ALL HAIL ‘THE PRINCE’ Ital­ian Em­bassy hosts ex­hibit on Machi­avelli’s sig­na­ture work

The Washington Times Weekly - - Geopolitics - BY ROLAND FLAMINI

be­come aware of the ne­ces­sity of mak­ing ag­o­niz­ing choices be­tween in­com­pat­i­ble al­ter­na­tives in pub­lic and pri­vate life.”

For ex­am­ple, Machi­avelli writes that “it is de­sir­able to be loved and feared, but it is dif­fi­cult to achieve both, and if one of them has to be lack­ing it is much safer to be feared than loved.”

He also said, “The prom­ise given was a ne­ces­sity of the past — the word bro­ken is a ne­ces­sity of the present.”

A diplo­mat, philoso­pher, play­wright and poet, Machi­avelli wrote “The Prince” while un­der house ar­rest. He had oc­cu­pied high of­fice when his na­tive Florence was a repub­lic, but lost his post and his per­sonal free­dom when the Medici fam­ily was re­stored to power as rulers of the Re­nais­sance city state. He ded­i­cated his most fa­mous work to Lorenzo de Medici, it is said, in the hope of fur­ther em­ploy­ment.

As a job ap­pli­ca­tion it failed: Machi­avelli didn’t find em­ploy­ment with the pow­er­ful Medi­cis. But “The Prince” be­came the most fa­mous book in the Ital­ian lan­guage and the most widely trans­lated. (The sec­ond in the trans­la­tion cat­e­gory is Carlo Col­lodi’s “Pinoc­chio.”)

To­day, “The Prince” is avail­able in prac­ti­cally all the lan­guages of the world, and some of the for­eign ver­sions are in the ex­hi­bi­tion — as are some of the fakes, apoc­ryphal ver­sions, pla­gia­risms and re­worked ver­sions that it has at­tracted.

The au­thor’s orig­i­nal manuscript has been lost, but this com­pact and slightly quirky ex­hi­bi­tion does in­clude one of the 19 ex­ist­ing hand­writ­ten copies of the work — all of them scat­tered among lead­ing li­braries around the world. (The one on dis­play comes from the Au­gusta Li­brary in Peru­gia, Italy.)

The ex­hi­bi­tion — orig­i­nally mounted in Italy ear­lier this year to mark the fifth cen­te­nary of the book’s pub­li­ca­tion — in­cludes the most fa­mous por­trait of Machi­avelli. Painted by An­to­nio Maria Crespi, known as “il Bustino,” it shows him in pro­file, star­ing gravely out of the frame against a dark, fea­ture­less back­ground which, like the ex­hi­bi­tion it­self, sheds no light on the au­thor’s in­ten­tions in writ­ing the work.

In its day, it at­tracted at­ten­tion as a rad­i­cally new ap­proach to po­lit­i­cal thought, both be­cause of its sim­ple, forth­right lan­guage and the ab­sence of the usual def­er­ence in dis­cussing fig­ures in au­thor­ity.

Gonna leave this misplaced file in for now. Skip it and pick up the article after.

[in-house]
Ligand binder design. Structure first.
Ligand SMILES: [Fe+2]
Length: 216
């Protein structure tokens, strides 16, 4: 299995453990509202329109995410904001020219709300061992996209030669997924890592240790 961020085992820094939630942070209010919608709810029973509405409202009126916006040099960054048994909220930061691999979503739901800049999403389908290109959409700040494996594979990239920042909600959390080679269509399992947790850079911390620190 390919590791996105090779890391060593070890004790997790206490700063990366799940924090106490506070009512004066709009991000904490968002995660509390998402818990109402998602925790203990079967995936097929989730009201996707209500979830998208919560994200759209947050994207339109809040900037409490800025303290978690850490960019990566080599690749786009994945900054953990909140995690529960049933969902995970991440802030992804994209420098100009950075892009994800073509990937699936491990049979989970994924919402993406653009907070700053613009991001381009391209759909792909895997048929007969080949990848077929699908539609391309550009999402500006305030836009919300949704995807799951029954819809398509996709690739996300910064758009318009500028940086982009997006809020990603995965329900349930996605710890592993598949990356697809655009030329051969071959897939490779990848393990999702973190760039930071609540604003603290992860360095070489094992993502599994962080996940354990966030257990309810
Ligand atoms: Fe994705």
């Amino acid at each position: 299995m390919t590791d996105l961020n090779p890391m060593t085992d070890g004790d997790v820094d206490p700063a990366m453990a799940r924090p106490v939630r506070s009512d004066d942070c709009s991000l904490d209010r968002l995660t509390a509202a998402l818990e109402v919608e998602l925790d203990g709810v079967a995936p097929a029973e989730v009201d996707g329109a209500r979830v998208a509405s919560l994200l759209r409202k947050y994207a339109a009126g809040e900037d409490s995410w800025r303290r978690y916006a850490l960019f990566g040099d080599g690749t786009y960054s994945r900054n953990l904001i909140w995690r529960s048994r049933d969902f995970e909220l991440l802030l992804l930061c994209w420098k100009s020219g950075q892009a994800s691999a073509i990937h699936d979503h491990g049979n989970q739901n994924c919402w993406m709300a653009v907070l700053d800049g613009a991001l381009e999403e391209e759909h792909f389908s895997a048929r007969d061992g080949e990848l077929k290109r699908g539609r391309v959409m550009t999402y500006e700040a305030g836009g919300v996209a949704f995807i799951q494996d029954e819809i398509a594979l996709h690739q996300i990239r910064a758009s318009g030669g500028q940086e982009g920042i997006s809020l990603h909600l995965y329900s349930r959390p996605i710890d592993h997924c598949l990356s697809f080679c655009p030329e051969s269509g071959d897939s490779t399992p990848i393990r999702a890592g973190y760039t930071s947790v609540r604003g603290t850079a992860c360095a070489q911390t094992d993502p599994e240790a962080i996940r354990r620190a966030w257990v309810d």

In 1559, “The Prince” was con­demned by the Catholic Church and, to­gether with all the au­thor’s works, put on the in­fa­mous In­dex of Pro­hib­ited Works. The ban has never been re­voked. The of­fi­cial rea­son for the ban was that Machi­avelli had con­tra­vened a new pa­pal ban on books writ­ten in the ver­nac­u­lar in­stead of in Latin, but church au­thor­i­ties doubt­less saw it as ir­rev­er­ence to­ward au­thor­ity.

The ban trans­formed it into an un­der­ground best-seller. Sales jumped, de­spite the risk of seizure, fines or ar­rest.

In their in­tro­duc­tion to the ex­hi­bi­tion, Ital­ian schol­ars and ex­hibit cu­ra­tors Alessan­dro Campi and Marco Pizzo call the book “an ar­chae­ol­ogy of power, con­ducted with such pre­ci­sion and free­dom of judg­ment that it can of­fer ar­gu­ments and prac­ti­cal sug­ges­tions to ei­ther po­ten­tial tyrants or de­fend­ers of free­dom” — hence its en­dur­ing ap­peal through the ages. But they add that it can also be seen as “a disen­chanted dis­ser­ta­tion on hu­man na­ture,” in other words, the cyn­i­cal work of a dis­ap­pointed man who had seen it all, but was now a po­lit­i­cal out­sider.

The cyn­i­cism or ir­rev­er­ence ex­tends to the ex­hi­bi­tion it­self, which has not shrunk from in­clud­ing ex­am­ples of how Nic­colo Machi­avelli has been sub­jected to the same triv­i­al­iza­tion as any 21st cen­tury celebrity. One dis­play case in­cludes but­tons, re­frig­er­a­tor mag­nets, T-shirts and play­ing cards all bear­ing his im­age.

And scenes from the pop­u­lar his­tor­i­cal video game “As­sas­sins Creed,” in which Machi­avelli is the leader of the se­cret so­ci­ety of as­sas­sins, flash con­tin­u­ously on a screen. From Re­nais­sance po­lit­i­cal wonk to char­ac­ter in a video game is a tra­jec­tory that prob­a­bly would have amused him.

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